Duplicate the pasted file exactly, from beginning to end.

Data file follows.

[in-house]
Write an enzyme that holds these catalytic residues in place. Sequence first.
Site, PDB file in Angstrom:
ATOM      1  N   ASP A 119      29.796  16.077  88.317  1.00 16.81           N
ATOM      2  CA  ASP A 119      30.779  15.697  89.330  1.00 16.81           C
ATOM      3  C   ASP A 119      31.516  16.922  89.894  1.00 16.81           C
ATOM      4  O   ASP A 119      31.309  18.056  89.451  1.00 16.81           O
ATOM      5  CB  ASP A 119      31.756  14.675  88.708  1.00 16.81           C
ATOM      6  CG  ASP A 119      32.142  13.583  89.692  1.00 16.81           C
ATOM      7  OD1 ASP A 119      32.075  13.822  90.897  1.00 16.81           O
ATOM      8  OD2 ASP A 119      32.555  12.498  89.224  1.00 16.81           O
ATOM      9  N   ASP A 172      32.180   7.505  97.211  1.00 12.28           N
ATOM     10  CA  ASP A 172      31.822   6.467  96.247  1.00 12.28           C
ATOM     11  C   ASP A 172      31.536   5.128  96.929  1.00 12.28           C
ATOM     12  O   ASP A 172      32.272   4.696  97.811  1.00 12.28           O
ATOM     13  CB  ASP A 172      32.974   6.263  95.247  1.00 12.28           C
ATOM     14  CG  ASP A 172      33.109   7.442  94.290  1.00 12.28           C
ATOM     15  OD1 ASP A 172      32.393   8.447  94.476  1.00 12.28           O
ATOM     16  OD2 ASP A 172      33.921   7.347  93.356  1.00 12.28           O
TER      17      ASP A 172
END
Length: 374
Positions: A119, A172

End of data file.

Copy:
[in-house]
Write an enzyme that holds these catalytic residues in place. Sequence first.
Site, PDB file in Angstrom:
ATOM      1  N   ASP A 119      29.796  16.077  88.317  1.00 16.81           N
ATOM      2  CA  ASP A 119      30.779  15.697  89.330  1.00 16.81           C
ATOM      3  C   ASP A 119      31.516  16.922  89.894  1.00 16.81           C
ATOM      4  O   ASP A 119      31.309  18.056  89.451  1.00 16.81           O
ATOM      5  CB  ASP A 119      31.756  14.675  88.708  1.00 16.81           C
ATOM      6  CG  ASP A 119      32.142  13.583  89.692  1.00 16.81           C
ATOM      7  OD1 ASP A 119      32.075  13.822  90.897  1.00 16.81           O
ATOM      8  OD2 ASP A 119      32.555  12.498  89.224  1.00 16.81           O
ATOM      9  N   ASP A 172      32.180   7.505  97.211  1.00 12.28           N
ATOM     10  CA  ASP A 172      31.822   6.467  96.247  1.00 12.28           C
ATOM     11  C   ASP A 172      31.536   5.128  96.929  1.00 12.28           C
ATOM     12  O   ASP A 172      32.272   4.696  97.811  1.00 12.28           O
ATOM     13  CB  ASP A 172      32.974   6.263  95.247  1.00 12.28           C
ATOM     14  CG  ASP A 172      33.109   7.442  94.290  1.00 12.28           C
ATOM     15  OD1 ASP A 172      32.393   8.447  94.476  1.00 12.28           O
ATOM     16  OD2 ASP A 172      33.921   7.347  93.356  1.00 12.28           O
TER      17      ASP A 172
END
Length: 374
Positions: A119, A172